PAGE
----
The therapy version is Feelings I‘m Not Expressing, but the one I like to say in my head is “F***ed up, Insecure, Neurotic, and Emotional.” If that is really what we all acknowledged when we reply “fine” to “how are you?” several times a day, that would be manageable, but that is not what we are trying to say. It could be a lot of things, but mostly “you are only asking because that is what you are socially conditioned to do and would not really care about the answer if I gave you the real one so I am not going to bother.”
Can you imagine what would happen if we gave real answers?
A True Answer
I rarely let my clients tell me they are “fine.” If they say it, I usually ask them to elaborate. They can give me the highlights or low lights of their day, give me an actual emotion to describe where they are at that moment, or tell me a story instead. I think it helps start the session off on an honest note, and serves as a reminder that this is not your average conversation – this is supposed to be addressing what is below the surface.
I feel privileged when you let me in and actually tell me what is happening with you. When you are able to walk in (or log on) to the session and be mindful, open, and compassionate towards yourself and with me there. Thank you for that.
When you ask me, I will try not to say “fine” either. I will use a different word, and I try not to be dismissive because I know that in this unique, therapeutic relationship there are different boundaries than in the rest of the world. I will try to give an honest answer like the ones I expect from you because it is more genuine and respectful. If I do use “fine” or “good”, it usually means “I am here for you right now and this is your session, so it does not really matter how I am (and sometimes there are things going on that it is not appropriate for me to talk to you about).”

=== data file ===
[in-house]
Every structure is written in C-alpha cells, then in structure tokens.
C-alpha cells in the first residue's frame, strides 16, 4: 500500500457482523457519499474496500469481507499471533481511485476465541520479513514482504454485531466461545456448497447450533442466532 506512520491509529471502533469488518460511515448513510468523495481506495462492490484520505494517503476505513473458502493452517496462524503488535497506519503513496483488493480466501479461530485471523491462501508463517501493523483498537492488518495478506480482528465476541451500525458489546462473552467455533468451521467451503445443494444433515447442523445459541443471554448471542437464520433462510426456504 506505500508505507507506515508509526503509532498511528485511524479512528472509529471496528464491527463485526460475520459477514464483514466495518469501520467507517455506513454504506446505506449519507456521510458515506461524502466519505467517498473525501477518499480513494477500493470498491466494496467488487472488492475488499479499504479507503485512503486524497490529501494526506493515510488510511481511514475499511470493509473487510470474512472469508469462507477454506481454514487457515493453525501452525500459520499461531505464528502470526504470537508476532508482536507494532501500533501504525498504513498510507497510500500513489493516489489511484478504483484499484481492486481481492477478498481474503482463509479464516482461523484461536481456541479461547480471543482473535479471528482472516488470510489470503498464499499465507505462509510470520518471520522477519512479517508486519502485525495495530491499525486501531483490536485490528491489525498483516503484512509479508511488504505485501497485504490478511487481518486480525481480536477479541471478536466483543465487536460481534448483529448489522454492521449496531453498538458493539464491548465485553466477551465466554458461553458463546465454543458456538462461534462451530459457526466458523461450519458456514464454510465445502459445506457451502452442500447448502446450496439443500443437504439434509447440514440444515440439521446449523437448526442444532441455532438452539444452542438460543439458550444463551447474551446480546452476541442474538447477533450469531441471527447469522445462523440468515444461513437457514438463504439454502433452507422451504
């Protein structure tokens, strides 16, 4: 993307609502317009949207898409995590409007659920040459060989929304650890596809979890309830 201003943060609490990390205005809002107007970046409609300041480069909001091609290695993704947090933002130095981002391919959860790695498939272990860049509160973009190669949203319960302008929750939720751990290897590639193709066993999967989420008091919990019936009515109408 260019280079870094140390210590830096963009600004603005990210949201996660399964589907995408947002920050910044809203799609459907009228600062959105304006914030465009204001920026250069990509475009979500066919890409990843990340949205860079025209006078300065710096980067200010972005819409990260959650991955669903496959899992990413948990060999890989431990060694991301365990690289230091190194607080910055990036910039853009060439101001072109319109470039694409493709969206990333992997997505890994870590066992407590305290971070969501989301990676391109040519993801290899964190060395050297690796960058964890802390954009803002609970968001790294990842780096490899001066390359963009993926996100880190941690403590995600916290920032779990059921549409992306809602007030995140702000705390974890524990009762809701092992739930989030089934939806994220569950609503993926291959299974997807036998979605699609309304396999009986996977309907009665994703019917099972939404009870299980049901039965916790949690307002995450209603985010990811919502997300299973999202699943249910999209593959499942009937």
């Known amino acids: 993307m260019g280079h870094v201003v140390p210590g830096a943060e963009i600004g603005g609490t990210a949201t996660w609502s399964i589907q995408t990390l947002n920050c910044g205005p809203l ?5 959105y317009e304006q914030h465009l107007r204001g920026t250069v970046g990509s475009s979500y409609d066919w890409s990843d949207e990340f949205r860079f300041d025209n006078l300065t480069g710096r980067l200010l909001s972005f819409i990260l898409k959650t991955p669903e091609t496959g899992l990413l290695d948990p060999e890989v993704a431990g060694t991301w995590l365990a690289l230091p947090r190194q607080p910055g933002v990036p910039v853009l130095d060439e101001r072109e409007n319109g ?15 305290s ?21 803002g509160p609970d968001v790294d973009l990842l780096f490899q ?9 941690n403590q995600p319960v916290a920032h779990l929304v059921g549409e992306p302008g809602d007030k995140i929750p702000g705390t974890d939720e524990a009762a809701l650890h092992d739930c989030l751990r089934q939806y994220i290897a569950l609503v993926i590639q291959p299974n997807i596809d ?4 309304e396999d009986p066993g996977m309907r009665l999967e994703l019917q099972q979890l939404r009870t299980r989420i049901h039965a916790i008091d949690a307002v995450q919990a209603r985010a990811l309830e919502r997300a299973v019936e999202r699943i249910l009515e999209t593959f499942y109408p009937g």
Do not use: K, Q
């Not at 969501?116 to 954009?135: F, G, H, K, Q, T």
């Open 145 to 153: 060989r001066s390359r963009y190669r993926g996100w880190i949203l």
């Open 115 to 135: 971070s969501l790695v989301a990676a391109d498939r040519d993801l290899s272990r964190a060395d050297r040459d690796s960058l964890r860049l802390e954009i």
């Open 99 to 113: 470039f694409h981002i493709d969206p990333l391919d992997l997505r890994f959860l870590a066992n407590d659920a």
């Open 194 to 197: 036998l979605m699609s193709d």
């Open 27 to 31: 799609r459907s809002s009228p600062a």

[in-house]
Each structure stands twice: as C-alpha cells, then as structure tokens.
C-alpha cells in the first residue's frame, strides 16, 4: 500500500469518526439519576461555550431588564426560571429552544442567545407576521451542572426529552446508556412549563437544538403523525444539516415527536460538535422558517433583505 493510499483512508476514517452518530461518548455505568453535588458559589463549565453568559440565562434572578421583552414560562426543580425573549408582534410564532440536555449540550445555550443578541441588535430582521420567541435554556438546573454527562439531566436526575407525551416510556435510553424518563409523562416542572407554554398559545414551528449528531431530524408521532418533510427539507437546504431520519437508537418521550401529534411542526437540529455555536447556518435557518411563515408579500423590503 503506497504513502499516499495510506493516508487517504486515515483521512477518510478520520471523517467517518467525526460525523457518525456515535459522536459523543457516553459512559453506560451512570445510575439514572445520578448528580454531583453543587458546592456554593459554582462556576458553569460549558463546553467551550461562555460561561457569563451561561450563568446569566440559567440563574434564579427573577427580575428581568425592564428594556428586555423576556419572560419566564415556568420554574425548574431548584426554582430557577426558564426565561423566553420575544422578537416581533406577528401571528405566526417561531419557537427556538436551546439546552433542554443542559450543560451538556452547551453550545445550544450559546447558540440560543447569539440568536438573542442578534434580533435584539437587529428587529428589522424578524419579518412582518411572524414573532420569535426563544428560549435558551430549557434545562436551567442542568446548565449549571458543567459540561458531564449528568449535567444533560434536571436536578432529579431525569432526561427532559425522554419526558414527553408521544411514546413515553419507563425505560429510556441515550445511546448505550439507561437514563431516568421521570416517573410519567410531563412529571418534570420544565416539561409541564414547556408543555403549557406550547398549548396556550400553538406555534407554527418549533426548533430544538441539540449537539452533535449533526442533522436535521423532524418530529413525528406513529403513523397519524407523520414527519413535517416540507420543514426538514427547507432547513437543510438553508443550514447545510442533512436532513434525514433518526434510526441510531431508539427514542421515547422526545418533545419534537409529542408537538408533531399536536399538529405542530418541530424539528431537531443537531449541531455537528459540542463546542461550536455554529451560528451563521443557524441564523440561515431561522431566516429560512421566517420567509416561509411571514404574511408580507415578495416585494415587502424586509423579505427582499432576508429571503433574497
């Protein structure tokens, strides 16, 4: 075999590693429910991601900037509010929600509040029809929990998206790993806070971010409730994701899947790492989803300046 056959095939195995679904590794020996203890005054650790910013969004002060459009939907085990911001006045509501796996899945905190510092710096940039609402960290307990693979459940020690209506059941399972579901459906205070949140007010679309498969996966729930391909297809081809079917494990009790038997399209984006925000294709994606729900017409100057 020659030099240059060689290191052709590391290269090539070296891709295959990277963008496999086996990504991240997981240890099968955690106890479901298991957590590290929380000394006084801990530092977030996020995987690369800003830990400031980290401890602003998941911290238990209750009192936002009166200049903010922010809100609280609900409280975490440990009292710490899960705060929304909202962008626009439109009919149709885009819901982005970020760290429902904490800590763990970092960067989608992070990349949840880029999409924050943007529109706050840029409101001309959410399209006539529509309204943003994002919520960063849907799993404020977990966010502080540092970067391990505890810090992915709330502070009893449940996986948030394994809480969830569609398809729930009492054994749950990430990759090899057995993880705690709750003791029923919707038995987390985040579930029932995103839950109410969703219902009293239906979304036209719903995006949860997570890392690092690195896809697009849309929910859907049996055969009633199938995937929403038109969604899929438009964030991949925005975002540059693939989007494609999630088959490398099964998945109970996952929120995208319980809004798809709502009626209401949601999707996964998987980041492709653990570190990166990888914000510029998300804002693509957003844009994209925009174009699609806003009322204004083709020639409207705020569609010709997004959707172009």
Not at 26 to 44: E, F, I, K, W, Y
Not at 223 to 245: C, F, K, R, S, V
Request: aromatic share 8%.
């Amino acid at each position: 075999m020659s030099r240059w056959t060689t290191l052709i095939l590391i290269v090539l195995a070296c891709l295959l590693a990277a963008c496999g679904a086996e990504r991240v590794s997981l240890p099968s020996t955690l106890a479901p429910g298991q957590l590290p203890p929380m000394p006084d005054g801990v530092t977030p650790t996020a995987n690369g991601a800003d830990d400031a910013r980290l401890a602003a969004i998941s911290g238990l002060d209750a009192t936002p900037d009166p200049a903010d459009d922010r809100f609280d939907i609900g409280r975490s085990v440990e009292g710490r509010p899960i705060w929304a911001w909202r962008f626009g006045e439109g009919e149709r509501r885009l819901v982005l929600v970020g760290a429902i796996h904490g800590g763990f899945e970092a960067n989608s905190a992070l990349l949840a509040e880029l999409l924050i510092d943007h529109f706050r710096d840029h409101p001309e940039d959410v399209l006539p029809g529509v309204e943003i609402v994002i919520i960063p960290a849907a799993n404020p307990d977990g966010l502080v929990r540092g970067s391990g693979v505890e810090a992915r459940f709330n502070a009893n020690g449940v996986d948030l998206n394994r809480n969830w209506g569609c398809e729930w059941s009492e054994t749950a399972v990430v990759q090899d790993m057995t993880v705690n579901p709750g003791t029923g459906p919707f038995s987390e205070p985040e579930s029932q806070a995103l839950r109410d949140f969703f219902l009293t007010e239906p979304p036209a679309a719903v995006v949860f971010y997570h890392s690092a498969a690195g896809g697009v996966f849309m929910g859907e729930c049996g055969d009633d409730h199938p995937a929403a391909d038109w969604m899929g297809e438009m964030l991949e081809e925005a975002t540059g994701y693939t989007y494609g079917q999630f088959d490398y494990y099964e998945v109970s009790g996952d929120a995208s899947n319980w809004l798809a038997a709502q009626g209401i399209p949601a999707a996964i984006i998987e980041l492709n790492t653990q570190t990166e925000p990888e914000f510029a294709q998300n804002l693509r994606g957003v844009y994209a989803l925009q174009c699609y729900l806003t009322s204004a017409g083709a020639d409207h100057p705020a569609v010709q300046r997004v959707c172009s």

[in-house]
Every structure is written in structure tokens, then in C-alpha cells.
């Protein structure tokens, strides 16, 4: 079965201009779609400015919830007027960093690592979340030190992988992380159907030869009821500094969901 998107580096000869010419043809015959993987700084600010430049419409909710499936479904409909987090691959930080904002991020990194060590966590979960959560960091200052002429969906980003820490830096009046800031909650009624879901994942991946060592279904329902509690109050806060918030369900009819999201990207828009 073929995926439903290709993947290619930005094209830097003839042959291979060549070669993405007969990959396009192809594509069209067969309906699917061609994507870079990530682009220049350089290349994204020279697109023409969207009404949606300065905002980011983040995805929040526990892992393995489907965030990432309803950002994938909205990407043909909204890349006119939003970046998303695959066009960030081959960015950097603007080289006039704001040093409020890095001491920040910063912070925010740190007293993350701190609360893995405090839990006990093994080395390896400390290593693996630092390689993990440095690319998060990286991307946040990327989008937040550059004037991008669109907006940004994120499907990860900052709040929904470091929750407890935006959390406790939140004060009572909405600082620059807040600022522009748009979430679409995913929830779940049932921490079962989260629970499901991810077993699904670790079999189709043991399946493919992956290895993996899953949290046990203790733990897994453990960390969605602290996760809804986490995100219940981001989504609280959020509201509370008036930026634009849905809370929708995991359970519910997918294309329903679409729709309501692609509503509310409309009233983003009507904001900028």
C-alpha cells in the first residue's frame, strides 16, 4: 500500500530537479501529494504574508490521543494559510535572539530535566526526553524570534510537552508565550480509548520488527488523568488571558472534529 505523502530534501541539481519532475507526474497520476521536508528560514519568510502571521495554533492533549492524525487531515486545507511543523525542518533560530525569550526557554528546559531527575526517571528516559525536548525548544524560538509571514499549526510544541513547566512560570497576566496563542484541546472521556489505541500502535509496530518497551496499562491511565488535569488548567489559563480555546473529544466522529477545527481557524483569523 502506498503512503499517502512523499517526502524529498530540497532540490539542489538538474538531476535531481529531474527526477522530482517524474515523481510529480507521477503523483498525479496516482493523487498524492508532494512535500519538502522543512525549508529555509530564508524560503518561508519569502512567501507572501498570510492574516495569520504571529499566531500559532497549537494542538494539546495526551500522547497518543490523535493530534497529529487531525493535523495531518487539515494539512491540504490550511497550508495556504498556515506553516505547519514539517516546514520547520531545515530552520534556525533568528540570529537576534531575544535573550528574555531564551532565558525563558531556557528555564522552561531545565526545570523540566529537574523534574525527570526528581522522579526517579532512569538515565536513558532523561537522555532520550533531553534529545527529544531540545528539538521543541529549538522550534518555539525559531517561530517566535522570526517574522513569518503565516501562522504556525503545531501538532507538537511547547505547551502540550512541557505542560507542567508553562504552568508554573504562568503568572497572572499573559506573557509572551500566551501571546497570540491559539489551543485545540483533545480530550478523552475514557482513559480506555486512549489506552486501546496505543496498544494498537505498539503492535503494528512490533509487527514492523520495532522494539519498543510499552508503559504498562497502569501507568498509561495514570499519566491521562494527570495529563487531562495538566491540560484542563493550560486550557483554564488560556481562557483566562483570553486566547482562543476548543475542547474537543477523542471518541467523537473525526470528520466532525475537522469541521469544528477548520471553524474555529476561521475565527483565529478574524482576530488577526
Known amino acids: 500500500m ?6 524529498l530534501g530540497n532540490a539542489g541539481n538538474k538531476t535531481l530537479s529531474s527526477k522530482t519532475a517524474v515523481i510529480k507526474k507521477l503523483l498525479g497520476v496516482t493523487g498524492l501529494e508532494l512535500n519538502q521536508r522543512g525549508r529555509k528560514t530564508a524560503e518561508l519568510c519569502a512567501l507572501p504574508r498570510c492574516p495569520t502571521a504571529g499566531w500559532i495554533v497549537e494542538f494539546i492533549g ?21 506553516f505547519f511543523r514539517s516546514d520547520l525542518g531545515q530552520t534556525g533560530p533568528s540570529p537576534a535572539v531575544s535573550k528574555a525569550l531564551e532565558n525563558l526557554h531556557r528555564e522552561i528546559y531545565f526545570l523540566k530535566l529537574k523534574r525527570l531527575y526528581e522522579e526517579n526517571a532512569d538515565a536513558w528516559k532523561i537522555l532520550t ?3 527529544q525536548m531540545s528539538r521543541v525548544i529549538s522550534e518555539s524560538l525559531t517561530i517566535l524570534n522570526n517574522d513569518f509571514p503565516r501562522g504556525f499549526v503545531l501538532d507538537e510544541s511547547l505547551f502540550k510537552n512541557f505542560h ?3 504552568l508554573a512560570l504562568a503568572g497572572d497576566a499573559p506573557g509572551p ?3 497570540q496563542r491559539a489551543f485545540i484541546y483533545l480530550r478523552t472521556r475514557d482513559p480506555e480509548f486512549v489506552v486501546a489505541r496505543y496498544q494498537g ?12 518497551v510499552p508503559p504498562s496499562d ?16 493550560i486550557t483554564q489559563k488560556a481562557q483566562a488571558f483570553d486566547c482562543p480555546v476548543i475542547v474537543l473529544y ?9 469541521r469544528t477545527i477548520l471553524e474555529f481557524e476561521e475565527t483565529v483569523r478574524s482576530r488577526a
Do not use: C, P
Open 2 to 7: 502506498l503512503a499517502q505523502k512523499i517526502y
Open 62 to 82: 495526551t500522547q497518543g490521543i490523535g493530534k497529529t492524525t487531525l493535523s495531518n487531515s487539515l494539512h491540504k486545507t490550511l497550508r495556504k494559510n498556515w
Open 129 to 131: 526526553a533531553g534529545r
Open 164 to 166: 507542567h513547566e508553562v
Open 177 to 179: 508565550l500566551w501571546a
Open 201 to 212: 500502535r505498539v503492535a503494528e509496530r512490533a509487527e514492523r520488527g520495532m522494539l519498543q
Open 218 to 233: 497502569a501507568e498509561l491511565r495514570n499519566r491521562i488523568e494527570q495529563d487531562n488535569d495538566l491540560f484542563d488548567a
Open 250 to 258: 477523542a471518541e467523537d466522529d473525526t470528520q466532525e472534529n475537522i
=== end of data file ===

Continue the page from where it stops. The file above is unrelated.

Side note: the longer we work together, the more you might glean about me from our interactions together. That is a natural part of working together. One of my clients once sent me this video, Kristen Bell’s Funny or Die “Love Ballad to Your Therapist” and I still think it is both hilarious and true (for the most part). Still, I will not come up to you out in public and will try to maintain all the appropriate boundaries because therapy is really about you, not me.
The Feeling Wheel
But back to “fine” – as long as you are aware of what you are doing, go ahead and say it. Maybe translate it in your head when you notice and try to name the emotions you’re experiencing. You do not have to tell anyone (even me) what you are really feeling, but most of us need practice knowing it for ourselves. (If you need help with that, we can start with the Feeling Wheel, of which there are several different versions, but the original was by Dr. Gloria Wilcox)
I would like to live in a world where people are able to name their true emotions and talk about struggles without shame. I would like people to think about how they actually are. I would like more relationships in the world to be open, honest, and mindful. Hopefully, you do too.
If you are interested in virtual therapy, please contact me!